Friday, February 16, 2007

Assassinations, Terrorist Strikes And Ethnic Cleansing: Bush's Shadow War In Iraq


The constant sectarian violence in Iraq is not purely of domestic origin -- much of it is directed by covert U.S. and British military: Here is Bush's other war in Iraq.


By Chris Floyd

Imagine a city torn by sectarian strife. Competing death squads roam the streets; terrorists stage horrific attacks. Local authority is distrusted and weak; local populations protect the extremists in their midst, out of loyalty or fear. A bristling military occupation exacerbates tensions at every turn, while offering prime targets for bombs and snipers. And behind the scenes, in a shadow world of double-cross and double-bluff, covert units of the occupying power run agents on both sides of the civil war, countenancing -- and sometimes directing -- assassinations, terrorist strikes, torture sessions, and ethnic cleansing.

Is this a portrait of Belfast during "The Troubles" in Northern Ireland? Or a picture of Baghdad today? It is both; and in both cases, one of Britain's most secret -- and most criminally compromised -- military units has plied its trade in the darkness, "turning" and controlling terrorist killers in a dangerous bid to wring actionable intelligence from blood and betrayal. And America's covert soldiers are right there with them, working side-by-side with their British comrades in the aptly named "Task Force Black," the UK's Sunday Telegraph reports.

Last week, the right-wing, pro-war paper published an early valentine to the "Joint Support Group," the covert unit whose bland name belies its dramatic role at the center of the Anglo-American "dirty war" in Iraq. In gushing, lavish, uncritical prose that could have been (and perhaps was) scripted by the unit itself, the Telegraph lauded the team of secret warriors as "one of the Coalition's most effective and deadly weapons in the fight against terror," running "dozens of Iraqi double agents," including "members of terrorist groups."

What the story fails to mention is the fact that in its Ulster incarnation, the JSG -- then known as the Force Research Unit (FRU) -- actively colluded in the murder of at least 15 civilians by Loyalist deaths squads, and an untold number of victims were killed, maimed, and tortured by the many Irish Republican Army double-agents controlled by the unit. What's more, the man who commanded the FRU during the height of its depredations -- Lt. Col. Gordon Kerr -- is in Baghdad now, heading the hugger-mugger Special Reconnaissance Regiment (SRR), a large counter-terrorism force made up of unnamed "existing assets" from the glory days in Northern Ireland and elsewhere.

This despite the fact that a 10-year, $100 million investigation by Britain's top police officer, Lord Stevens, confirmed in 2003 that the Kerr-led FRU "sanctioned killings" through "institutionalized collusion" with both Protestant and Catholic militias during the 1980s and 1990s. Stevens sent dossiers of evidence against Kerr and 20 other security apparatchiks to the Blair government's Director of Public Prosecutions, in the expectation that the fiery Scotsman and the others would be put on trial.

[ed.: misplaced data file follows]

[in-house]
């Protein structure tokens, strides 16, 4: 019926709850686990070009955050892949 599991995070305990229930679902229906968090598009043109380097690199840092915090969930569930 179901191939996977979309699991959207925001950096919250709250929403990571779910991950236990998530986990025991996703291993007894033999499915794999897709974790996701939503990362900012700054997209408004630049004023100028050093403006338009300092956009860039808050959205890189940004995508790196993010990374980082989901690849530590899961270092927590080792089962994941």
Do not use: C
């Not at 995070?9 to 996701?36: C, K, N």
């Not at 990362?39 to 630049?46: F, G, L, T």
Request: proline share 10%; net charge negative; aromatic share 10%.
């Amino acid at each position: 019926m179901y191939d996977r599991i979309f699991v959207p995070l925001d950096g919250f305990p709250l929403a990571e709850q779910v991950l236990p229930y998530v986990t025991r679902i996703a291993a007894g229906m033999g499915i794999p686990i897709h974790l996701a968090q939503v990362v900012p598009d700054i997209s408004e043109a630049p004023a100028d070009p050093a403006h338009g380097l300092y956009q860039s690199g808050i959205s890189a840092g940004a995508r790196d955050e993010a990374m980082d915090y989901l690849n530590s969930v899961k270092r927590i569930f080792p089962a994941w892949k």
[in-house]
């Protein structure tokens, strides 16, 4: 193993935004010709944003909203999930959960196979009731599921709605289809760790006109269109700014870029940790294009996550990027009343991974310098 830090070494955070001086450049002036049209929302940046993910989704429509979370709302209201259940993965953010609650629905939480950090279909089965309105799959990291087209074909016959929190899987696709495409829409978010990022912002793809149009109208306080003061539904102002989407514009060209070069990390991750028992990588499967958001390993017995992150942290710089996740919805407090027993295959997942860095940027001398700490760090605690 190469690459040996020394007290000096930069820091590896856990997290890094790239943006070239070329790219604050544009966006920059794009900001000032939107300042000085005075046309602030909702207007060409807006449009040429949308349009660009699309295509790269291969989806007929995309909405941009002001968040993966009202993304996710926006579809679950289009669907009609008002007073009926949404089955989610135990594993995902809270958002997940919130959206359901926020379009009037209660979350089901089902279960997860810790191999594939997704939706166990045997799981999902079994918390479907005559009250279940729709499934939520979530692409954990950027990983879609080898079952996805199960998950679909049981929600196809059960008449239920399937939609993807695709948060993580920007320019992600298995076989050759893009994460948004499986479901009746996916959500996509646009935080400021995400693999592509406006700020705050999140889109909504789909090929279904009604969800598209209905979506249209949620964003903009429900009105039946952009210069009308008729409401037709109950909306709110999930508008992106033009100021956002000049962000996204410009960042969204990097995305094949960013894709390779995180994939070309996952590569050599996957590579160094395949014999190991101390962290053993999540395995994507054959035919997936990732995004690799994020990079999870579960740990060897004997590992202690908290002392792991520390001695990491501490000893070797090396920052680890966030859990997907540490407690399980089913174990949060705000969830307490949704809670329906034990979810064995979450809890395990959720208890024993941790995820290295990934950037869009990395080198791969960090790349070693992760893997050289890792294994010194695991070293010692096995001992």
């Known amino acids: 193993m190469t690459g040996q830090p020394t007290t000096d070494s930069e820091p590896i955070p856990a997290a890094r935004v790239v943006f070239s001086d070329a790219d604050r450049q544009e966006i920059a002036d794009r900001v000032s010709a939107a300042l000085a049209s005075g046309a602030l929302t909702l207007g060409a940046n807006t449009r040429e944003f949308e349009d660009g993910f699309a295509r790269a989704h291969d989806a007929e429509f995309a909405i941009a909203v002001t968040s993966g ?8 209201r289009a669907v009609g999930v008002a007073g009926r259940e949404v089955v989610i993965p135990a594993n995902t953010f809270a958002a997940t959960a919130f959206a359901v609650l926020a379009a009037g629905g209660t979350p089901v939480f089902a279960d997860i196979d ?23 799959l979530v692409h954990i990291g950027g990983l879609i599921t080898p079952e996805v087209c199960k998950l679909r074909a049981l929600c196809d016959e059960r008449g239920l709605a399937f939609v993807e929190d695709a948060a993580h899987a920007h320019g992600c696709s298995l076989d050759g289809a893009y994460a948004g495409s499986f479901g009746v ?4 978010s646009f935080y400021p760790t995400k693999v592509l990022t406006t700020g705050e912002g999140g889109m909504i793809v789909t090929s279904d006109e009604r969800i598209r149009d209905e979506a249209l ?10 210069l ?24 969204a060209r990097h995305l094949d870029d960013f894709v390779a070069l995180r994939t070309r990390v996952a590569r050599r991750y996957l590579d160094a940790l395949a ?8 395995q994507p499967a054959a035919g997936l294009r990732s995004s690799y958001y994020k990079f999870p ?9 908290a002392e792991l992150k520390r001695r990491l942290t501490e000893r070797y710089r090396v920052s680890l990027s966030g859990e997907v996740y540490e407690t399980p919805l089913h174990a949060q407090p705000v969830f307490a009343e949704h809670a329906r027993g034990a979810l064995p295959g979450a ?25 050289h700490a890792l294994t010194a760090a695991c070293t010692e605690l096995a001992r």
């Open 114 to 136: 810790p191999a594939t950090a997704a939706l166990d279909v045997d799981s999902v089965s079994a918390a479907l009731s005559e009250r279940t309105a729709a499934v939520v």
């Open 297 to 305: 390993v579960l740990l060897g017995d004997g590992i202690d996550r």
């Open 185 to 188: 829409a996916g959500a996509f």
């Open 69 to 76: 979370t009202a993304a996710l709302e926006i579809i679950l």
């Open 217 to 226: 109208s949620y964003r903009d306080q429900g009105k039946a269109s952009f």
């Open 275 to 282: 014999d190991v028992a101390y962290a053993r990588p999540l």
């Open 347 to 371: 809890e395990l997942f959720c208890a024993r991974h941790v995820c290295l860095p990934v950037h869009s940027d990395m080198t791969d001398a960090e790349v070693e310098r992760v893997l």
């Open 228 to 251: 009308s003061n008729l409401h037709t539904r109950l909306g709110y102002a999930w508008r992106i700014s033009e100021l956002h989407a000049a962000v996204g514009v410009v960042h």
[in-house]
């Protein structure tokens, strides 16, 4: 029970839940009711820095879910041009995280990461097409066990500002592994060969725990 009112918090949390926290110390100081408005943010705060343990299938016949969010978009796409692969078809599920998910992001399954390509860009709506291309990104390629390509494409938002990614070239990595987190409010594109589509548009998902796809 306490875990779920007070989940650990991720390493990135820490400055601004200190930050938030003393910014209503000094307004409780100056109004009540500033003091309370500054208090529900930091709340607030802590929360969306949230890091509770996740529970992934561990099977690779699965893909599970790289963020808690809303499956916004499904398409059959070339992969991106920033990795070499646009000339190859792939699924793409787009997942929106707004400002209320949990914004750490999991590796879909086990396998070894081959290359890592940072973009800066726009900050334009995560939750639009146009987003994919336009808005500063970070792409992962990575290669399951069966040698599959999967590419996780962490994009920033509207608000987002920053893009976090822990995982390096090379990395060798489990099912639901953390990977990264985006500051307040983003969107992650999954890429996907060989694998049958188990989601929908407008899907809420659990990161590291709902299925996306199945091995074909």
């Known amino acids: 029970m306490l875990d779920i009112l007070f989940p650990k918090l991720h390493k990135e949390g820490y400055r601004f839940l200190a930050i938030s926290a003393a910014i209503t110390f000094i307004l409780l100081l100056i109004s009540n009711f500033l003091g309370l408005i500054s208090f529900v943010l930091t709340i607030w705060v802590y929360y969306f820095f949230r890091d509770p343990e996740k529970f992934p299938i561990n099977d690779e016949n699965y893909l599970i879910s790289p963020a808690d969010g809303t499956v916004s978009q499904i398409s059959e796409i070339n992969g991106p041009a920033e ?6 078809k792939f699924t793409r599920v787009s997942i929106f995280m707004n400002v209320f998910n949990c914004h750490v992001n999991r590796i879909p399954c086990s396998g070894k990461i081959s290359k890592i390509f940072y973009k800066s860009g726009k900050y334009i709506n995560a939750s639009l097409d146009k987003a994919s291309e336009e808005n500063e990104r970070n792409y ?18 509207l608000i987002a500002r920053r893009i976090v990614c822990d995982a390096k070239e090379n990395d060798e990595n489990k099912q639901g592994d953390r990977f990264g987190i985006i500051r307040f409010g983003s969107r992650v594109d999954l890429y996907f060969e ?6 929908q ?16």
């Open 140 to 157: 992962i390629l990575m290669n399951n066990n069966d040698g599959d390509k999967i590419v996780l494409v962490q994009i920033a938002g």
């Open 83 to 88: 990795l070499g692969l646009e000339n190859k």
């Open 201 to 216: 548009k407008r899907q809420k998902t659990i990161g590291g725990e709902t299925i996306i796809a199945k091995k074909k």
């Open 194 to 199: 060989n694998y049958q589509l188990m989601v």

But instead prosecuting Kerr, Blair promoted him: first to a plum assignment as British military attaché in Beijing -- effectively the number two man in all of UK military intelligence, as Scotland's Sunday Herald notes, then, with the SRR posting to Baghdad, where Kerr and his former FRU mates now apply the "methods developed on the mean streets of Ulster during the Troubles," as the Telegraph breathlessly relates.

The Telegraph puff piece is naturally coy about revealing these methods, beyond the fact that, as in Ireland, the JSG uses "a variety of inducements ranging from blackmail to bribes" to turn Iraqi terrorists into Coalition agents. So, to get a better idea of the techniques employed by the group in Baghdad, we must return to those "mean streets of Ulster" and the unit's reign of terror and collusion there, which has been thoroughly documented not only by the exhaustive Stevens inquiries, but also in a remarkable series of investigative reports by the Sunday Herald's Neil Mackay, and in extensive stories by the BBC, the Guardian, the Independent, the Times and others.

We will also see how the operations of the JSG and "Task Force Black" dovetail with U.S. efforts to apply the lessons of its own dirty wars -- such as the "Salvador Option" -- to Iraq, as well as long-running Bush Administration initiatives to arm and fund "friendly" militias while infiltrating terrorist groups in order to "provoke them into action." It is indeed a picture painted in black, a glimpse at the dark muck that lies beneath the high-flown rhetoric about freedom and civilization forever issuing from the lips of the war leaders.

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